Damn great French filmmaker, born in 1930 in Paris. Became a film critic in 1950 with a magazine he made with Jaques Rivette and Eric Rohmer, and was hired by Cahiers du Cinema in 1952.

In between 1954 and 1958 he produced three short films, and in 1959 he filmed Breathless (À Bout de Soufle), which was based on a story written by François Truffaut and starred Jean-Paul Belmondo and Jean Seberg. It was released in 1960 to massive critical acclaim, made Belmondo the biggest new male lead in French cinema, and earned Godard the Silver Bear for Directing at the Berlin Film Festival.

In 1961 Godard returned with A Woman is a Woman {Une Femme est une Femme), which featured Anna Karina, the woman that Godard married the year before. It was his first color film and it won Karina a Best Actress Silver Bear and Godard a Special Prize at Berlin.

In 1962 he filmed segments for two collective films, The Seven Deadly Sins and RoGoPaG. He also made his second commercial hit, My Life To Live (Vivre Sa Vie}, with Karina as a woman who descends into prostitution. This movie won the Parsinetti Prize and the Special Jury Prize at the Venice Film Festival.

In 1963 he released Le Petit Solidat, which was filmed in 1960 but bannned for three years in France due to references to the Algerian war. He also filmed and released Les Carabiners, another meditation on war, and a segment for Six in Paris. He also made Contempt, his biggest release in the American market, which starred Brigitte Bardot and Jack Palance. The title was a refrence to the fact he held coproducer Joseph E. Levine in contempt over clashes in making the movie.

In 1964 he made Band of Outsiders (Bande à Part), which was a heavy influence on Quentin Tarantino some thirty years later. He also filmed A Married Woman (Une Femme Marièe), which was produced by his new company formed with his wife Karina.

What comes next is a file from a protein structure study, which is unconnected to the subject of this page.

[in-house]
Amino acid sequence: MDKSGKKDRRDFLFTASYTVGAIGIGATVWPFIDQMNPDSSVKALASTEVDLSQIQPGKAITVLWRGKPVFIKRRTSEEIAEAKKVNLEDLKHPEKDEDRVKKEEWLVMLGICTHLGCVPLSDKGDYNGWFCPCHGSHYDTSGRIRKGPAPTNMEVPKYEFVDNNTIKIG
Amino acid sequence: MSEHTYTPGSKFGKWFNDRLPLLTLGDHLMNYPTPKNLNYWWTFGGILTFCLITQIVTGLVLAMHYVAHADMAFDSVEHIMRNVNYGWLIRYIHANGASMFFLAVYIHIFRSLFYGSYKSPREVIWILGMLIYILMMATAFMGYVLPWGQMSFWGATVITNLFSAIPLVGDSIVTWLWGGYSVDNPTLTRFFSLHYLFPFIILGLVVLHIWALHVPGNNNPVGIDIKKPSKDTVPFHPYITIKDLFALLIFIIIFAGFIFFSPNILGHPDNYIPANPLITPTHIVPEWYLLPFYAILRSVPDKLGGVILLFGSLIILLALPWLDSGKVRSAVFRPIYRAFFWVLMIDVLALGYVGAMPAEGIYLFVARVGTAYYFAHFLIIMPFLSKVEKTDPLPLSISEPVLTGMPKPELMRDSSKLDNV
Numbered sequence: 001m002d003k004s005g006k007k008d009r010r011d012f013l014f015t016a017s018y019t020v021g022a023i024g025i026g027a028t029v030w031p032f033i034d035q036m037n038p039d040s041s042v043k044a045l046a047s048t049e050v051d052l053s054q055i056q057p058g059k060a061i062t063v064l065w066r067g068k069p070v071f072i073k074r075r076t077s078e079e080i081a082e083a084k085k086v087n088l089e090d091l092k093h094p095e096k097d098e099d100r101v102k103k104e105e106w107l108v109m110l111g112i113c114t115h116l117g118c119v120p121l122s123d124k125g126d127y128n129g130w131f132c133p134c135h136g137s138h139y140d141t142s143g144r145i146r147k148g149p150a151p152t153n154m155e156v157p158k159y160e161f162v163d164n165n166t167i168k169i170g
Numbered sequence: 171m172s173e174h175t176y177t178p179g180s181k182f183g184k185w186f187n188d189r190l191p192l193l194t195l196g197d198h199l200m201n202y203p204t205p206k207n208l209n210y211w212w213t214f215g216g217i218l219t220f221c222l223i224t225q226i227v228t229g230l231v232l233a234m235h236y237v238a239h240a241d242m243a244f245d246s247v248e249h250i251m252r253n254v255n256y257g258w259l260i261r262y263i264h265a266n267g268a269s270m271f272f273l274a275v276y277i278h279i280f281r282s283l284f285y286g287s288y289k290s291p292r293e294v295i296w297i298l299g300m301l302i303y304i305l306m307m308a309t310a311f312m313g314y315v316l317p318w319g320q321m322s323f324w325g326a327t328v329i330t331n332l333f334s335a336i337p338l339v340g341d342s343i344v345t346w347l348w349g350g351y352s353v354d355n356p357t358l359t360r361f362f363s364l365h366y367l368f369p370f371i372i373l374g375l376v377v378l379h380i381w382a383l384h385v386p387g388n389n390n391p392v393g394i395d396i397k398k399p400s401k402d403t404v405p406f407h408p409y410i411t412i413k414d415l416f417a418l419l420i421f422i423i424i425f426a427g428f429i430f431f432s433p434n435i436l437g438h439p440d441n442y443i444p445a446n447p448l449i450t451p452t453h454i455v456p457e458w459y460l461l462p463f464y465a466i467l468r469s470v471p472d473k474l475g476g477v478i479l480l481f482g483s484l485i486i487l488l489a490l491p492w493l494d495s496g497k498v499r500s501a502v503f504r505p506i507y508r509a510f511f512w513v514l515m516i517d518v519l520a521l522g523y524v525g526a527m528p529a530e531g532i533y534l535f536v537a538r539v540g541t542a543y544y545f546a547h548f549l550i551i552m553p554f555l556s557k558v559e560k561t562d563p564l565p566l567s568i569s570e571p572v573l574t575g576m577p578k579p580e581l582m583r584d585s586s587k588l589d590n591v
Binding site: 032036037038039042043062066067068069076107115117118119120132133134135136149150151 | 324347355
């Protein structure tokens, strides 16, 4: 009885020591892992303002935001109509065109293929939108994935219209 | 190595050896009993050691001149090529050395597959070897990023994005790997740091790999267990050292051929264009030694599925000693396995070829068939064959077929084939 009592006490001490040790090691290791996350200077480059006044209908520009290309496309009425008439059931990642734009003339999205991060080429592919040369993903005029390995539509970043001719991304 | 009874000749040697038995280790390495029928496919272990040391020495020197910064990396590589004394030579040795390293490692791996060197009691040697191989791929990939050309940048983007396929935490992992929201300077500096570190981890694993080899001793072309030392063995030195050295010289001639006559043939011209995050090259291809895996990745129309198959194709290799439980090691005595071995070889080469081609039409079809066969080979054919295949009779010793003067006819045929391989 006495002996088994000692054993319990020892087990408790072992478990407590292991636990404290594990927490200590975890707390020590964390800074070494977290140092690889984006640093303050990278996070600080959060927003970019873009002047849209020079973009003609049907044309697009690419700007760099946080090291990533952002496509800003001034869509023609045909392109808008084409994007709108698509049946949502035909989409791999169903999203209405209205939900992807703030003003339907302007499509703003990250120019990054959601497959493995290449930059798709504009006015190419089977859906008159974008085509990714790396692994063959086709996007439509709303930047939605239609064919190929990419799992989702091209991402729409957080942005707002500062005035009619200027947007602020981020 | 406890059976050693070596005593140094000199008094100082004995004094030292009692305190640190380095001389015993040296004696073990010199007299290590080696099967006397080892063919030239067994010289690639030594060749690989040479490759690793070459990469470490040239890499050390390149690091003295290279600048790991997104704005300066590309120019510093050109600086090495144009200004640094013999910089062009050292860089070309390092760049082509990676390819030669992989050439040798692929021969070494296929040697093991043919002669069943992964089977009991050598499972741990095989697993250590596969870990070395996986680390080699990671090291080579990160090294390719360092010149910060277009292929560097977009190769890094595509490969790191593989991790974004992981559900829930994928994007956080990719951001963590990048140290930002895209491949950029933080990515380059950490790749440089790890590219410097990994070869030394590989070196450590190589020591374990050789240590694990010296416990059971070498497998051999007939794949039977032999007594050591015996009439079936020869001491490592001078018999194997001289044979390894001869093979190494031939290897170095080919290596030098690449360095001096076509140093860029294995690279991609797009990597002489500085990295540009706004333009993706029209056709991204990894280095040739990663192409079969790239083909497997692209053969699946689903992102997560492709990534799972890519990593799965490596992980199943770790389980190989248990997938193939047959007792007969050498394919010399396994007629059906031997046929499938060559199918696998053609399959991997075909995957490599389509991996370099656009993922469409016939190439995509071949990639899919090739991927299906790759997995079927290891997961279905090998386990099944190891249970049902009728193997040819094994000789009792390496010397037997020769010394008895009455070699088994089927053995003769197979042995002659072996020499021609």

1965 saw the making of several Godard films. First was his greatest contribution to nerd/geek culture, the sci-fi detective thriller Alphaville, with Eddie Constantine and Karina. Second was Pierrot Le Fou with Karina and Belmondo, which many people argue is the best movie he's ever done. It features a cameo by one of his favorite American directors, Samuel Fuller. He also filmed Made in U.S.A., which was his final film with Karina, and was released the next year in France and unreleased to this date in America.

In 1966 he released the movie that he filmed at the end of '65, Masculine-Feminine, which won three awards at Berlin. It was based on a pair of Guy De Maupassant stories and starred Truffaut poster-boy Jean-Pierre Léaud and YeYe singer Chantal Goya, with cameos by Bardot and French pop star Françoise Hardy. This movie represented the beginning of a heavy socio-political consciousness in his movies, punctuated by a discussion about "Marx and Coca-Cola]". He furthered his ideas in 2 or 3 Things That I Know About Her, which involves a housewife who becomes a prostitute to raise her social status.

The beginning of 1967 saw him making and releasing La Chinoise, a sometimes serious/sometimes farcial look at Maoism. During the filming he married his star Anne Wiazemsky. He then made his most audacious, jarring, chaotic, and mindblowing work ever - Week-end. The collapse of society under the weight of consumerism was never presented better, never more starkly. This was the birth of the road movie gone to hell, but for Godard, at least for the time being, it was the "End of Cinema".